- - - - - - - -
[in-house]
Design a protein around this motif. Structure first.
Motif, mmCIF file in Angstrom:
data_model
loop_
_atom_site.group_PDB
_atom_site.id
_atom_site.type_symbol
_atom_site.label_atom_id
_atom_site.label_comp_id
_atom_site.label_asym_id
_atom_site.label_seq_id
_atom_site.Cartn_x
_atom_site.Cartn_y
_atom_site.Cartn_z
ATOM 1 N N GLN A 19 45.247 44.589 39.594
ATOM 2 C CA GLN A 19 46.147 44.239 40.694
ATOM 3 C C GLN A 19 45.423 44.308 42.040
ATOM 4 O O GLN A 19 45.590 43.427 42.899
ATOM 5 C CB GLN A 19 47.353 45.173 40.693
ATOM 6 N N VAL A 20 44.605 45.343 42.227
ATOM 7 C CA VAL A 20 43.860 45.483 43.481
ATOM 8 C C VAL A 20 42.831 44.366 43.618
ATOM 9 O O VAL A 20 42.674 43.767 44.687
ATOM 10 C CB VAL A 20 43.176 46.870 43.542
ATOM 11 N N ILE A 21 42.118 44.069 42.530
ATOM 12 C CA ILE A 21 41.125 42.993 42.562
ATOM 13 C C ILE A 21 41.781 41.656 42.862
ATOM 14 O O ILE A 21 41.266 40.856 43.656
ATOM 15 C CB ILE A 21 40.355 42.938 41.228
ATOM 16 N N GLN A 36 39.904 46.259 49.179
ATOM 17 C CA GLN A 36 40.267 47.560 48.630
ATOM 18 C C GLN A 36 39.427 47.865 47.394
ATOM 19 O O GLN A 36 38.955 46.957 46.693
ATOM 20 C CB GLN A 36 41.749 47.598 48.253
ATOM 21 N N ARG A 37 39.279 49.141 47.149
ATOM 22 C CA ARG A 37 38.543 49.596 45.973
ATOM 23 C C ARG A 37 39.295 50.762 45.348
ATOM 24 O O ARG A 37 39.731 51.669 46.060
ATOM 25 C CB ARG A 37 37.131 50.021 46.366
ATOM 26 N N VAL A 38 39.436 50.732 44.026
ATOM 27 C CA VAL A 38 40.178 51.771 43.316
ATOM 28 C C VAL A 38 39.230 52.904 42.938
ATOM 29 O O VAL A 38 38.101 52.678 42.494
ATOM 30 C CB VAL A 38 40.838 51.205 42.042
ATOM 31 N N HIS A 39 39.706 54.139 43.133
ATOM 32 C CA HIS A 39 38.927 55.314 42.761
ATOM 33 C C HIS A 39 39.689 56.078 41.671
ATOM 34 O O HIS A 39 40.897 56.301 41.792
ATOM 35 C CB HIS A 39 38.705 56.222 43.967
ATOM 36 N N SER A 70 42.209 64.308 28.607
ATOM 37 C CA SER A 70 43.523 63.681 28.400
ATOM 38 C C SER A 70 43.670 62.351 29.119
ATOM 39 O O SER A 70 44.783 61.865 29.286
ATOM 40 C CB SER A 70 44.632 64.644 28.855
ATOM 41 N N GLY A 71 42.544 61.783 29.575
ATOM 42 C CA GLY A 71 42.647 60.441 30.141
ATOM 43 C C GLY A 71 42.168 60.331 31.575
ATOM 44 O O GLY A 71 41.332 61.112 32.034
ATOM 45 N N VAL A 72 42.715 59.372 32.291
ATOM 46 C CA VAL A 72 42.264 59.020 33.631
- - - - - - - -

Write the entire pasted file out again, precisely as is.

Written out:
[in-house]
Design a protein around this motif. Structure first.
Motif, mmCIF file in Angstrom:
data_model
loop_
_atom_site.group_PDB
_atom_site.id
_atom_site.type_symbol
_atom_site.label_atom_id
_atom_site.label_comp_id
_atom_site.label_asym_id
_atom_site.label_seq_id
_atom_site.Cartn_x
_atom_site.Cartn_y
_atom_site.Cartn_z
ATOM 1 N N GLN A 19 45.247 44.589 39.594
ATOM 2 C CA GLN A 19 46.147 44.239 40.694
ATOM 3 C C GLN A 19 45.423 44.308 42.040
ATOM 4 O O GLN A 19 45.590 43.427 42.899
ATOM 5 C CB GLN A 19 47.353 45.173 40.693
ATOM 6 N N VAL A 20 44.605 45.343 42.227
ATOM 7 C CA VAL A 20 43.860 45.483 43.481
ATOM 8 C C VAL A 20 42.831 44.366 43.618
ATOM 9 O O VAL A 20 42.674 43.767 44.687
ATOM 10 C CB VAL A 20 43.176 46.870 43.542
ATOM 11 N N ILE A 21 42.118 44.069 42.530
ATOM 12 C CA ILE A 21 41.125 42.993 42.562
ATOM 13 C C ILE A 21 41.781 41.656 42.862
ATOM 14 O O ILE A 21 41.266 40.856 43.656
ATOM 15 C CB ILE A 21 40.355 42.938 41.228
ATOM 16 N N GLN A 36 39.904 46.259 49.179
ATOM 17 C CA GLN A 36 40.267 47.560 48.630
ATOM 18 C C GLN A 36 39.427 47.865 47.394
ATOM 19 O O GLN A 36 38.955 46.957 46.693
ATOM 20 C CB GLN A 36 41.749 47.598 48.253
ATOM 21 N N ARG A 37 39.279 49.141 47.149
ATOM 22 C CA ARG A 37 38.543 49.596 45.973
ATOM 23 C C ARG A 37 39.295 50.762 45.348
ATOM 24 O O ARG A 37 39.731 51.669 46.060
ATOM 25 C CB ARG A 37 37.131 50.021 46.366
ATOM 26 N N VAL A 38 39.436 50.732 44.026
ATOM 27 C CA VAL A 38 40.178 51.771 43.316
ATOM 28 C C VAL A 38 39.230 52.904 42.938
ATOM 29 O O VAL A 38 38.101 52.678 42.494
ATOM 30 C CB VAL A 38 40.838 51.205 42.042
ATOM 31 N N HIS A 39 39.706 54.139 43.133
ATOM 32 C CA HIS A 39 38.927 55.314 42.761
ATOM 33 C C HIS A 39 39.689 56.078 41.671
ATOM 34 O O HIS A 39 40.897 56.301 41.792
ATOM 35 C CB HIS A 39 38.705 56.222 43.967
ATOM 36 N N SER A 70 42.209 64.308 28.607
ATOM 37 C CA SER A 70 43.523 63.681 28.400
ATOM 38 C C SER A 70 43.670 62.351 29.119
ATOM 39 O O SER A 70 44.783 61.865 29.286
ATOM 40 C CB SER A 70 44.632 64.644 28.855
ATOM 41 N N GLY A 71 42.544 61.783 29.575
ATOM 42 C CA GLY A 71 42.647 60.441 30.141
ATOM 43 C C GLY A 71 42.168 60.331 31.575
ATOM 44 O O GLY A 71 41.332 61.112 32.034
ATOM 45 N N VAL A 72 42.715 59.372 32.291
ATOM 46 C CA VAL A 72 42.264 59.020 33.631